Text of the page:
STS-107 crew members lost when space shuttle “Columbia” broke up during reentry on February 1, 2003. STS-107 crew members included astronauts Rick D. Husband (left), mission commander; Kalpana Chawla, mission specialist; and William C. McCool, pilot. Standing are (from the left) astronauts David M. Brown, Laurel B. Clark, and Michael P. Anderson, all mission specialists; and Ilan Ramon, payload specialist representing the Israeli Space Agency.
NASA staffers and leaders had a celebration planned on February 1, 2003 for the return of Columbia and its crew after the successful completion of STS-107. STS-107 had been launched from the Kennedy Space Center’s Launch Complex 39A on January 16 on a science mission that was dedicated to research in physical, life, and space sciences. It held the SPACEHAB Research Double Module and involved the execution of approximately 80 separate experiments, comprised of hundreds of samples and test points. The seven astronauts aboard had worked 24 hours a day, in two alternating shifts, to complete these experiments.
Unfortunately, STS-107 never made it home; both the vehicle and crew were lost during re-entry into the Earth’s atmosphere. NASA lost communication with Columbia a little before 9:00 a.m. EST on February 1, and when the shuttle failed to land at its appointed time of 9:16 a.m. at the Kennedy Space Center, NASA administrator Sean O’Keefe knew something was wrong. He said:
I immediately advised the President and the Secretary of Homeland Security, Tom Ridge, at the point after landing was due to have occurred at 9:16 a.m., and spoke to them very briefly to advise them that we had lost contact with the Shuttle orbiter, Columbia, and STS-107 crew. They offered, the President specifically offered, full and immediate support to determine the appropriate steps to be taken. We then spent the next hour and a half working through the details and information of what we have received [concerning]…operational and technical issues.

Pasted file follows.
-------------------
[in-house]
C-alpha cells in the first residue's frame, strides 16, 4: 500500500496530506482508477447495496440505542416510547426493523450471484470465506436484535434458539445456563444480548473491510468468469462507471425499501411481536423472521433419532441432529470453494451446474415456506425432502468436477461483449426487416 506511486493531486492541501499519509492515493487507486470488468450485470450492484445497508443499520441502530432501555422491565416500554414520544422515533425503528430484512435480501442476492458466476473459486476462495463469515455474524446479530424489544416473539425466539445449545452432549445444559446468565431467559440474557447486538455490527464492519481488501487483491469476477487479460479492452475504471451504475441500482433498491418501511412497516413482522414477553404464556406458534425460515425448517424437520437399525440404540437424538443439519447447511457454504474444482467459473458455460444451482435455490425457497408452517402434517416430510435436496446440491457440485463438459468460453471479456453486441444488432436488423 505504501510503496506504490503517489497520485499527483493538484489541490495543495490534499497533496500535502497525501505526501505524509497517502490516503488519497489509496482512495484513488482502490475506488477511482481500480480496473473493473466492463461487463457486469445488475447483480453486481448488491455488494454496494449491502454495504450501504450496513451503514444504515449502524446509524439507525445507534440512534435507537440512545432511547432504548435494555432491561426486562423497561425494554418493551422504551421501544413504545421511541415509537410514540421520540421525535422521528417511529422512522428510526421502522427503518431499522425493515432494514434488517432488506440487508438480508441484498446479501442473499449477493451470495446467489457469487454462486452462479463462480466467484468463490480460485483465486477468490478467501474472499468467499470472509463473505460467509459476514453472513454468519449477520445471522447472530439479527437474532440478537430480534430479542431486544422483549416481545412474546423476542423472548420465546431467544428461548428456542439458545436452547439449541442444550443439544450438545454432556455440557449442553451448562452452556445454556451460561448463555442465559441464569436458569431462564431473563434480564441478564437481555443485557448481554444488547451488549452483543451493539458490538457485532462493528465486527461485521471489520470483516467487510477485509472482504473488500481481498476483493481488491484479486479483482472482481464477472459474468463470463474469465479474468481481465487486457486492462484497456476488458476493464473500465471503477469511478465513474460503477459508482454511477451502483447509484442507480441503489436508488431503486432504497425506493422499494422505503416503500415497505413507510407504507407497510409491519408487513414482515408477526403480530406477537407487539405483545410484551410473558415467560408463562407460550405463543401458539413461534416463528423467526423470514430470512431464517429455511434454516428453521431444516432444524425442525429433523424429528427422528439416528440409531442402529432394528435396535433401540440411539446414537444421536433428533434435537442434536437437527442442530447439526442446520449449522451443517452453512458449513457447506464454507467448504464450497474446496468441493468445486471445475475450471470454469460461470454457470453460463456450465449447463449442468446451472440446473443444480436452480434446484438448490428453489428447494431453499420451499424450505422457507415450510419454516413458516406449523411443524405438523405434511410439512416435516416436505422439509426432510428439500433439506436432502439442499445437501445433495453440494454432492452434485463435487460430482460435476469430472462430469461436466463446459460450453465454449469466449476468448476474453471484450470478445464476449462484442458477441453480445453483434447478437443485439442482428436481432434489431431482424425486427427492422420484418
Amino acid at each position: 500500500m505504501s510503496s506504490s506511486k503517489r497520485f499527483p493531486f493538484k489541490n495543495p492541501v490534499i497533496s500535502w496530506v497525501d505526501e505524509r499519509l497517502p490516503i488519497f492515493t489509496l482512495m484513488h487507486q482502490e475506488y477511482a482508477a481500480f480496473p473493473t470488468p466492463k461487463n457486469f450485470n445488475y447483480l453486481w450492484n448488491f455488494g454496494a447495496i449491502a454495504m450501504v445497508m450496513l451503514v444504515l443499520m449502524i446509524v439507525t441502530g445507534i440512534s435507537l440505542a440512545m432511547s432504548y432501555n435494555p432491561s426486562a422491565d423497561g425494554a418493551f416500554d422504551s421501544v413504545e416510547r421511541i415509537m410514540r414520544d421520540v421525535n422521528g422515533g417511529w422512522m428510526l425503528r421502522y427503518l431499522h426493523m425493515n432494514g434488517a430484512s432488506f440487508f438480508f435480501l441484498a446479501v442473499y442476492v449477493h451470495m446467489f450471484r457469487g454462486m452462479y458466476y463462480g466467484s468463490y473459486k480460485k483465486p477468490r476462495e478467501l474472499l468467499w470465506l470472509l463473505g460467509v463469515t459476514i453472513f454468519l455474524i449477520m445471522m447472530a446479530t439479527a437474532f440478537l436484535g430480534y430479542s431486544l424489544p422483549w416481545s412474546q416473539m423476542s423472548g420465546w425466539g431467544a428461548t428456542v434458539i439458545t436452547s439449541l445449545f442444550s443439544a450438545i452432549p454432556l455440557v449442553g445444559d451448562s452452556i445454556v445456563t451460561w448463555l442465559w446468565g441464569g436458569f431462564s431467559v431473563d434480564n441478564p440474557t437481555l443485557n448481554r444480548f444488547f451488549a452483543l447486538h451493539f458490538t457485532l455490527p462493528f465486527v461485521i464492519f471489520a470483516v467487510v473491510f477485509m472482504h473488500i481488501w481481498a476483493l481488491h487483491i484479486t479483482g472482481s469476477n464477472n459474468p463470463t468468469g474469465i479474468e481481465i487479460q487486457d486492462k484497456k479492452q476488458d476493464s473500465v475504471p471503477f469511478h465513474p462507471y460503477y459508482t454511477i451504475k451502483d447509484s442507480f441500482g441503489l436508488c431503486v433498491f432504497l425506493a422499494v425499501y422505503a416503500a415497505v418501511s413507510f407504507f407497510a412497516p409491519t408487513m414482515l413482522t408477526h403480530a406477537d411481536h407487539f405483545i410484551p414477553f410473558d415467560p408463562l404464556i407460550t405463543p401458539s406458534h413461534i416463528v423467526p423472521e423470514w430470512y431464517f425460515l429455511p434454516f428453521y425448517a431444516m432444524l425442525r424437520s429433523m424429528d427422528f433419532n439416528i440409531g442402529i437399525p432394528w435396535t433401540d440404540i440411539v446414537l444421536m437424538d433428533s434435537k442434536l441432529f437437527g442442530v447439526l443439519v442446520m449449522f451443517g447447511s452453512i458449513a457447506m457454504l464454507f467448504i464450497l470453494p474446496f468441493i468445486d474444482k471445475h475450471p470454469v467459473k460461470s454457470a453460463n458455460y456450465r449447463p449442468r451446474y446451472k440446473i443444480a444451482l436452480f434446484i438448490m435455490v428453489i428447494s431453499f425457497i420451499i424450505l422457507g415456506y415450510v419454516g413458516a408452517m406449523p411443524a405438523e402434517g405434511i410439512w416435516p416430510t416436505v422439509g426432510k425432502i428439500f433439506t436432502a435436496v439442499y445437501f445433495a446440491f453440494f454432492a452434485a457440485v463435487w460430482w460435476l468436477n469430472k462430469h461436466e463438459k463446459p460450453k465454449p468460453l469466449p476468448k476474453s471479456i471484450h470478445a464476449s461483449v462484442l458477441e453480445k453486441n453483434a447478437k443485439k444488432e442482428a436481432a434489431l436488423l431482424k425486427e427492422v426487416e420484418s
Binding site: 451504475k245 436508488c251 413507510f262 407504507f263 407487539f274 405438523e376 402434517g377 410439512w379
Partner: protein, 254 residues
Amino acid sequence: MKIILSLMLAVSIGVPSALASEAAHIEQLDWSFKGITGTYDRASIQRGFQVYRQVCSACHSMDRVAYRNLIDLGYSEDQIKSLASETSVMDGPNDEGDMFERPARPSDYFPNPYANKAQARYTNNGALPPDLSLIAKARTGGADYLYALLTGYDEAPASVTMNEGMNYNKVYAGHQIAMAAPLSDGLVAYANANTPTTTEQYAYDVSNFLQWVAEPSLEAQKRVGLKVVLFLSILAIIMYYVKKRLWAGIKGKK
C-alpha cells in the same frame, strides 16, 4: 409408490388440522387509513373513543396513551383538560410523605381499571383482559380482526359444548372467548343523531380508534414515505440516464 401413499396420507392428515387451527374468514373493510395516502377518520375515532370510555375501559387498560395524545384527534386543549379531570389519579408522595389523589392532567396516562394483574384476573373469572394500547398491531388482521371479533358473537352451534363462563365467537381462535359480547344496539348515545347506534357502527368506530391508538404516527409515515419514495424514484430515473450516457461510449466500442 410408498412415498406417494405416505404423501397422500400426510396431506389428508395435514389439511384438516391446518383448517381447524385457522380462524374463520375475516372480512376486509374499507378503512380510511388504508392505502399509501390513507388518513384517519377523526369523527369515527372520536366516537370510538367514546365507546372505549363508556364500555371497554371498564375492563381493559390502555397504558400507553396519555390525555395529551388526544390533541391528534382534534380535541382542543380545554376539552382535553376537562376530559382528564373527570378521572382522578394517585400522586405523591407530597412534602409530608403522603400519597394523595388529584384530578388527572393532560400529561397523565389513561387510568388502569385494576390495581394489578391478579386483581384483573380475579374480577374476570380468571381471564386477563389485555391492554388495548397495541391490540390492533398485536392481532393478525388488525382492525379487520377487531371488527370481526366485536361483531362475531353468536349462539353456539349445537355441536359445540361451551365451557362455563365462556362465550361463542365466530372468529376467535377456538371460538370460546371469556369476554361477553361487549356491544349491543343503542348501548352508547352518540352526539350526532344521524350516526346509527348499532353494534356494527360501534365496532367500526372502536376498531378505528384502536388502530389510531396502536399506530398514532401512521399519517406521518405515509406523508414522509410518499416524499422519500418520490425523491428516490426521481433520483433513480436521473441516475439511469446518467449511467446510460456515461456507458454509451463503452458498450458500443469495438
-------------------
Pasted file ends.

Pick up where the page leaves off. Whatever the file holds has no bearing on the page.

Lost in the accident was the STS-107 crew of seven astronauts. These included Mission Commander Rick Husband; Pilot William “Willie” McCool; Mission Specialists Kalpana Chawla, David Brown, and Laurel Clark; Payload Commander Michael Anderson; and Payload Specialist Ilan Ramon. Sad as this loss was, NASA personnel vowed that the astronauts had not died in vain and that space exploration would continue. Moreover, this accident taught harsh lessons of the risk of exploring a new frontier and allowed humanity to learn lessons that would make space travel safer into the future.
President G.W. Bush offered these comments at the memorial service for the crew:
The loss was sudden and terrible, and for their families, the grief is heavy. Our nation shares in your sorrow and in your pride. And today we remember not only one moment of tragedy, but seven lives of great purpose and achievement. To leave behind Earth and air and gravity is an ancient dream of humanity. For these seven, it was a dream fulfilled. Each of these astronauts had the daring and discipline required of their calling. Each of them knew that great endeavors are inseparable from great risks. And each of them accepted those risks willingly, even joyfully, in the cause of discovery.
Columbia was the first orbiter built and flown in space, having undertaken 28 successful missions. In February 2001, Columbia had received a major overhaul and update of its systems but it was still an aging vehicle. The STS-107 mission where it was lost was Columbia’s second flight following its overhaul, with the first one a successful servicing mission to the Hubble Space Telescope in March 2002.
The process of initiating a Columbia Accident Investigation Board (CAIB) began almost immediately. Its first meeting, under the direction of retired U.S. Navy Admiral Harold W. Gehman Jr.—who co-chaired the commission that investigated the attack on the U.S.S. Cole in Aden, Yemen, on October 12, 2000—was scheduled for February 3. “While the NASA family and the entire world mourn the loss of our colleagues, we have a responsibility to quickly move forward with an external assessment to determine exactly what happened and why,” said Administrator O’Keefe. “We’re honored to have such a distinguished panel of experts, led by Admiral Gehman.”